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Nigeria's new broader approach to tackling the Boko Haram insurgency won plaudits on Wednesday, with the plan seen as recognition that military might alone would not end the bloodshed.
U.S. President Barack Obama's threats of “costs” did not sway Vladimir Putin's calculations on Crimea.
While Internet giants like Twitter and Google champion free speech, the U.S. listing document for Chinese microblogging platform Weibo is littered with 56 pages of warnings on the risks of operating in a country which seeks to control information.
Iceland's currency, the krona, was declared “dead” five years ago but it survived and with European Union membership ruled out for the foreseeable future it is likely to limp on.
China's strident calls for Malaysia to divulge all it knows about flight MH370 are in stark contrast to its own history of secretiveness when calamities have struck, such as after the 2008 Sichuan earthquake, analysts say.
Zero growth or even recession in 2014, asset freezes in the West and tens of billions of dollars in capital flight — Russia must brace for the consequences of putting political ambition above economic sense in seizing control of Crimea, analysts say.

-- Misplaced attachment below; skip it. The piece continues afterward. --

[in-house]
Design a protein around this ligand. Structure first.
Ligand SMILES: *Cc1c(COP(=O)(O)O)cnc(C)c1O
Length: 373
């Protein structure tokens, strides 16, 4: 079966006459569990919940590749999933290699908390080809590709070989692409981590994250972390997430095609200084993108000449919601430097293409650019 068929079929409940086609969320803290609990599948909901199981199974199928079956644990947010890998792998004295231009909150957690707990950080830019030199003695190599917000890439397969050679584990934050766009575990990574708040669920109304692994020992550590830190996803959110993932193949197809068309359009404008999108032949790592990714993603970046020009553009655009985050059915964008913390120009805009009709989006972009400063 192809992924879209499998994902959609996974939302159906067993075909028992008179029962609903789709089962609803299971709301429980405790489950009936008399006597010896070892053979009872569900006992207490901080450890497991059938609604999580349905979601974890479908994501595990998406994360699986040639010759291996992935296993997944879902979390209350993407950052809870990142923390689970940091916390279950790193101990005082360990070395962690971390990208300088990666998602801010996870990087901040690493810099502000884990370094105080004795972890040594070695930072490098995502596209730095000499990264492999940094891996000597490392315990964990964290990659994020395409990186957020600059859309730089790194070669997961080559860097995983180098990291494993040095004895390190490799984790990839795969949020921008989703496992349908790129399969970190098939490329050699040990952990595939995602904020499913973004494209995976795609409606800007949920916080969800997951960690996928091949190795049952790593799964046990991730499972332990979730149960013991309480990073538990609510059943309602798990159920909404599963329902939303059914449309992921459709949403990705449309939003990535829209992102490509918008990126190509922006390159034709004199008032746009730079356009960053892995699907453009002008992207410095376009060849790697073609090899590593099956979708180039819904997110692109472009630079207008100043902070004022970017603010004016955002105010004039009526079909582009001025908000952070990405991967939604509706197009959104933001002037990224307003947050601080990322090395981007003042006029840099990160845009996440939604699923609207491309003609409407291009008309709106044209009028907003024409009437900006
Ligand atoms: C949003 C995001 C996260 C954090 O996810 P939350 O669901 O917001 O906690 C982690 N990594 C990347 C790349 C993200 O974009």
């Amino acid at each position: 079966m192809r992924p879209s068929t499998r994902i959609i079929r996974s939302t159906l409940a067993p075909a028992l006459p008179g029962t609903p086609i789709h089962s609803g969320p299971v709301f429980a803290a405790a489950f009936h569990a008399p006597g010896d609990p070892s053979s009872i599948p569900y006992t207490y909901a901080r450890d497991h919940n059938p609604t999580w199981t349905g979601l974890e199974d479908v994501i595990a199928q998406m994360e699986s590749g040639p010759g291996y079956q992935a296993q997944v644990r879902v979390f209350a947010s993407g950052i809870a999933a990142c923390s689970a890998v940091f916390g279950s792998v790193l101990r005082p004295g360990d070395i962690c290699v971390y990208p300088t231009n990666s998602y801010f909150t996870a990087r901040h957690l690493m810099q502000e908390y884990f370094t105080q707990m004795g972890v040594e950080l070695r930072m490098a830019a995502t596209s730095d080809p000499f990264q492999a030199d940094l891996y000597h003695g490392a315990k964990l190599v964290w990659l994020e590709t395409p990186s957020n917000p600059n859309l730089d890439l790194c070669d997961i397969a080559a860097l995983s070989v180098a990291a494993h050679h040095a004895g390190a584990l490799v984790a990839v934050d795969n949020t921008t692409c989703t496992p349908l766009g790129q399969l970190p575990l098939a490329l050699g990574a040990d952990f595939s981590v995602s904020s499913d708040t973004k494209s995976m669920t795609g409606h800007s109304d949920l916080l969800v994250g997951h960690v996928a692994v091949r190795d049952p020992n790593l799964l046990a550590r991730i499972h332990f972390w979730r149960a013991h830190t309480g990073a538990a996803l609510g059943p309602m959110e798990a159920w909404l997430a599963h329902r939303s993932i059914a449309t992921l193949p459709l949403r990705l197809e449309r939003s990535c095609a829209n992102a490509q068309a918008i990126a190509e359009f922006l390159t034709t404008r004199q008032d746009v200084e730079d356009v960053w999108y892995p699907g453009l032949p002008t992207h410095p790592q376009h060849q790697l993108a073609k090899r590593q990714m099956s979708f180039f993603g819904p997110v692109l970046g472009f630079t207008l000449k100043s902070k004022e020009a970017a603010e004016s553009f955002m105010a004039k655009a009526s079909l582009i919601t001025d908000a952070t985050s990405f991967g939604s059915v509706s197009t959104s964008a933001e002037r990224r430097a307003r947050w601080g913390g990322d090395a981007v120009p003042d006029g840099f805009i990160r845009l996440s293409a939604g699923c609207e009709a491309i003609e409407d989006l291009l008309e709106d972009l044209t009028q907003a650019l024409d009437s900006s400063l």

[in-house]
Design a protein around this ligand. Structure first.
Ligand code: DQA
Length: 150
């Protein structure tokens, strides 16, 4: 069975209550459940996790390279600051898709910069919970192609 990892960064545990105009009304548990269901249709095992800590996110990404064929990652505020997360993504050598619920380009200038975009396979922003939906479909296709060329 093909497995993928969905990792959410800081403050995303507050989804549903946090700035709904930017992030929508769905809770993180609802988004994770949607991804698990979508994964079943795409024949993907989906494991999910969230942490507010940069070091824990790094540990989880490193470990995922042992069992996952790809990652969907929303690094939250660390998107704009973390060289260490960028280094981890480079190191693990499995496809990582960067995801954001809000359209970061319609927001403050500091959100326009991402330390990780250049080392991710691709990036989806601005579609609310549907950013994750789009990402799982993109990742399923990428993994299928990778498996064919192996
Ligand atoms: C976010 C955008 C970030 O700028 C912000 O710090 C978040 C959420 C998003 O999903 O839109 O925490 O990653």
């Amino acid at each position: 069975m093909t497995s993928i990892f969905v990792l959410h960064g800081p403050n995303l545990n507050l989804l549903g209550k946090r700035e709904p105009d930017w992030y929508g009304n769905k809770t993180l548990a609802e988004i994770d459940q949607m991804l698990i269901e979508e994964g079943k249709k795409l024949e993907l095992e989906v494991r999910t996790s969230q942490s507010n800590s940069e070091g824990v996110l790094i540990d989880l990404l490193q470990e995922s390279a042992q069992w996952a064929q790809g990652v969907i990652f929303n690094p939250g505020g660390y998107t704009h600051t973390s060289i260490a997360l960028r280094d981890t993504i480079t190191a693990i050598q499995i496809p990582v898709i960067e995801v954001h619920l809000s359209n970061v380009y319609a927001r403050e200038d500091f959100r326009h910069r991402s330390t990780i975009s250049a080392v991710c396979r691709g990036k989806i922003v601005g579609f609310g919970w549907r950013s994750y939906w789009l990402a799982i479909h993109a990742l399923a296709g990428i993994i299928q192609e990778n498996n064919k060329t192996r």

Supporters of Scotland breaking away from the United Kingdom are making up some ground but with six months to go until the independence referendum, it is not enough, analysts say.
Europe will have trouble weaning itself off Russian natural gas, analysts say, as it faces declining production at home and Asian competition for supplies.
Young men and women in the nationalist heartland of western Ukraine are signing up to defend their country from what they call “Russian aggressors” who have taken over Crimea.
As the death toll from the latest outbreak of poverty-driven diseases in Pakistan's Thar desert nears 100 children, experts are warning that corruption and a dysfunctional political system make a repeat of the disaster almost inevitable.
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